Lack of access to healthy food is an unfortunate reality for the residents of many South Bronx communities. Fast food restaurants and bodegas make up much of the food landscape and healthy options are few and far between. To address this issue, Bronx Health REACH partnered with Citizen Schools, an after school program for low income communities across the country, to teach an 11 week apprenticeship program on food access at MS 331. 14 students from the middle school and Bronx Health REACH staff worked with West Tremont Deli Grocery Corp, a neighborhood bodega frequented by many students and teachers, to provide healthier food options. Prior to working with Bronx Health REACH and Citizen Schools, the bodega had been a participating store in the New York City Department of Health and Mental Hygiene’s Healthy Bodegas Initiative, a program focusing on increasing the availability and promotion of healthier foods in local corner stores.
The 11 week apprenticeship, called Adopt-A-Bodega, incorporated education on nutrition, healthy eating, food access, and marketing techniques with direct action. After learning about health issues, the students brainstormed about what they would like to do to change the bodega right in front of their school that serves many of them on a daily basis. As a class, they came up with four student/ teacher lunch specials that included a healthy deli sandwich (or salad) on whole wheat bread, a bottle of water, and a piece of fruit for a discounted price. Though the bodega owner was initially skeptical about the promotion, it ended up being very popular and the increase in his business made him more open to working with the students on other initiatives.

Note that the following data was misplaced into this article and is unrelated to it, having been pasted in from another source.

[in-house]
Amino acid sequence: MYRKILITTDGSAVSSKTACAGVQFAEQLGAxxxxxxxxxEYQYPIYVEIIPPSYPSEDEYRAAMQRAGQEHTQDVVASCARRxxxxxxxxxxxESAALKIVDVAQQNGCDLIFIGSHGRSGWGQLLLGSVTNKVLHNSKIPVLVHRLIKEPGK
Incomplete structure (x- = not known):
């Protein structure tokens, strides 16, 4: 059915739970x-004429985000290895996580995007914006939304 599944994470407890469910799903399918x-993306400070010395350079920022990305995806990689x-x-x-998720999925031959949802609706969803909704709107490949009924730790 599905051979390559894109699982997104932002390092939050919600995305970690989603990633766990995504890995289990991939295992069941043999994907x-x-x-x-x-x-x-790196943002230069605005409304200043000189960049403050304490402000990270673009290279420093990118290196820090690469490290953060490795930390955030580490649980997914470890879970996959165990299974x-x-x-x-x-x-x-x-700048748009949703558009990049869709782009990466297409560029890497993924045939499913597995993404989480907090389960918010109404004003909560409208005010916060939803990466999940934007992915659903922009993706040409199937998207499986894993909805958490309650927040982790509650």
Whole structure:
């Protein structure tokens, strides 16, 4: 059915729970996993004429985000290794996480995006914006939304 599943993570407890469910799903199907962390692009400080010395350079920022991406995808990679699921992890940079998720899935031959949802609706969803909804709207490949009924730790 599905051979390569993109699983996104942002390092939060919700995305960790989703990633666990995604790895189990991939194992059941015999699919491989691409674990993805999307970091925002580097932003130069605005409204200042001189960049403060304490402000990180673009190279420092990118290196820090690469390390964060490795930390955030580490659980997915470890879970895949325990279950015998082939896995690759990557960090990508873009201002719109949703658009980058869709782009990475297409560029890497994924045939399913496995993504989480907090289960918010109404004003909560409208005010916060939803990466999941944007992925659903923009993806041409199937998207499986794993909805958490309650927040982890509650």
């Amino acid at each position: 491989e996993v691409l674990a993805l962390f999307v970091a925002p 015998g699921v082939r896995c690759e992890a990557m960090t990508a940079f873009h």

In addition to the lunch special, the students worked with the bodega owner to sell healthier snack options, such as granola bars and Baked Lays, which the students had taste tested during one of their lessons. The students also requested that the bodega stock more fruits and vegetables, but the owner initially refused as there wasn’t any room to put them. The NYC DOHMH donated a beautiful wooden produce display that was placed in the very front of the store, next to the cash register, so that customers had easy access to it. This display allowed the bodega to stock nearly double the amount of fresh fruit and also increased business because it presented the food in an appealing way. As the students learned, many successful business ventures hinge on presentation.
Throughout this apprenticeship, the students learned that supply is heavily influenced by demand. If you demand healthier food, and business owners see that they can increase sales, they will be more likely to provide the healthier food. Using this model of social change, Bronx Health REACH hopes to continue improving access to healthy foods in bodegas across the Bronx.
Efforts to increase healthy food options as a way to address the childhood obesity epidemic are receiving national attention and support. First Lady Michelle Obama’s Let’s Move! campaign includes the Healthy Food Financing Initiative, which provides financing for developing and equipping grocery stores, small retailers, corner stores, and farmers markets selling healthy food in underserved areas. Throughout the country, cities and states are working within their communities to identify food deserts and find solutions to increase healthy food options in those areas. (Read a prior blog post about food deserts here.)
In the South Bronx, West Tremont Deli Grocery Corp has made an important contribution in making the neighborhood a healthier place to live. Bronx Health REACH and New York State Senator Gustavo Rivera hosted an event on December 21st to honor the bodega owner on his dedication. Read more about the event and Senator Rivera’s comments here.